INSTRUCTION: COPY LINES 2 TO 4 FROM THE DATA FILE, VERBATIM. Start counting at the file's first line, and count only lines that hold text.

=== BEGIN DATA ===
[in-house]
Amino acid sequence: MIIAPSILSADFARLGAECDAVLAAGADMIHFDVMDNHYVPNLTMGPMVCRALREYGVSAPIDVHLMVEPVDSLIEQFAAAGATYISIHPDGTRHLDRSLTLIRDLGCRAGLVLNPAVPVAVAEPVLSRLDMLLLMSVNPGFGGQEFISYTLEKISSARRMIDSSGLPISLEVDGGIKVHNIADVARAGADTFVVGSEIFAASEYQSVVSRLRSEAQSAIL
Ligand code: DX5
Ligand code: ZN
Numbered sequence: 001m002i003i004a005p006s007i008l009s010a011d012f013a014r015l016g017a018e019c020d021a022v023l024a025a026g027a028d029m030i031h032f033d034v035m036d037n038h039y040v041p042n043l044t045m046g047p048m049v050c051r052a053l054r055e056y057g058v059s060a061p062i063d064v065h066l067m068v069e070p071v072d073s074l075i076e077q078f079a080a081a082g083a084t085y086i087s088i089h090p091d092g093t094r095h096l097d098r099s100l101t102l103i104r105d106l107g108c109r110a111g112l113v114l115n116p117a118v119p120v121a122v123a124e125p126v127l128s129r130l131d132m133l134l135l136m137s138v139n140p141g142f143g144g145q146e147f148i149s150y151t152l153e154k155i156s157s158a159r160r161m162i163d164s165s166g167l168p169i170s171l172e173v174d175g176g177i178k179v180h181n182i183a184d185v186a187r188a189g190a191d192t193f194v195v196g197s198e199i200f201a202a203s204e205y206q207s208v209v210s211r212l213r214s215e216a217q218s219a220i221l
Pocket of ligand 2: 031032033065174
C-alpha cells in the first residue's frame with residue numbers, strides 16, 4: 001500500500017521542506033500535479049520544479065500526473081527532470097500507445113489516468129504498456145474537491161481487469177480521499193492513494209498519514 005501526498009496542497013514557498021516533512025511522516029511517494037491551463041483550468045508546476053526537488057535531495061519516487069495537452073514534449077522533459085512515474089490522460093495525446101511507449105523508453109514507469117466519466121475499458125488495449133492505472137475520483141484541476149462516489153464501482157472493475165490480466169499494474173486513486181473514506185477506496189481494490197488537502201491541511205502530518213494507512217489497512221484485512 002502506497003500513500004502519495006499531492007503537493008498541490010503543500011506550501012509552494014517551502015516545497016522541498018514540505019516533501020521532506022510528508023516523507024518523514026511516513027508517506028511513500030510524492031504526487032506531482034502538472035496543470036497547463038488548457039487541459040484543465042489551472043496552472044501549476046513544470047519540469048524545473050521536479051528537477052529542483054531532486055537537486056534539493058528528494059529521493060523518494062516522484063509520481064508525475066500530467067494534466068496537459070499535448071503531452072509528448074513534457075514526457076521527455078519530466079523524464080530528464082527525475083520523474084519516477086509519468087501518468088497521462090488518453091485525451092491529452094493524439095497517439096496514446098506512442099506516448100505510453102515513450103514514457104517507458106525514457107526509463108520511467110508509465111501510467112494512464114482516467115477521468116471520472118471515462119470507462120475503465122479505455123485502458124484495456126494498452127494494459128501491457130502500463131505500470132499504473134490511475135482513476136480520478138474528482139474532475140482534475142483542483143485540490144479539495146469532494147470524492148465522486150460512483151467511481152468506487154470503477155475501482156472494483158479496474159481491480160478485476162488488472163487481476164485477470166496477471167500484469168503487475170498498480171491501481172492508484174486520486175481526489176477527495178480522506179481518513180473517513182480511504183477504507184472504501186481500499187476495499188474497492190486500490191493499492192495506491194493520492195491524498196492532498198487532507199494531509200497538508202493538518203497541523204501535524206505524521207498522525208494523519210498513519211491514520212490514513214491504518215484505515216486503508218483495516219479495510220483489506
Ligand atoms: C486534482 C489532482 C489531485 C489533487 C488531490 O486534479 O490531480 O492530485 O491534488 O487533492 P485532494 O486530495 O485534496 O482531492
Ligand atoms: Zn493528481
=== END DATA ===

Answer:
Amino acid sequence: MIIAPSILSADFARLGAECDAVLAAGADMIHFDVMDNHYVPNLTMGPMVCRALREYGVSAPIDVHLMVEPVDSLIEQFAAAGATYISIHPDGTRHLDRSLTLIRDLGCRAGLVLNPAVPVAVAEPVLSRLDMLLLMSVNPGFGGQEFISYTLEKISSARRMIDSSGLPISLEVDGGIKVHNIADVARAGADTFVVGSEIFAASEYQSVVSRLRSEAQSAIL
Ligand code: DX5
Ligand code: ZN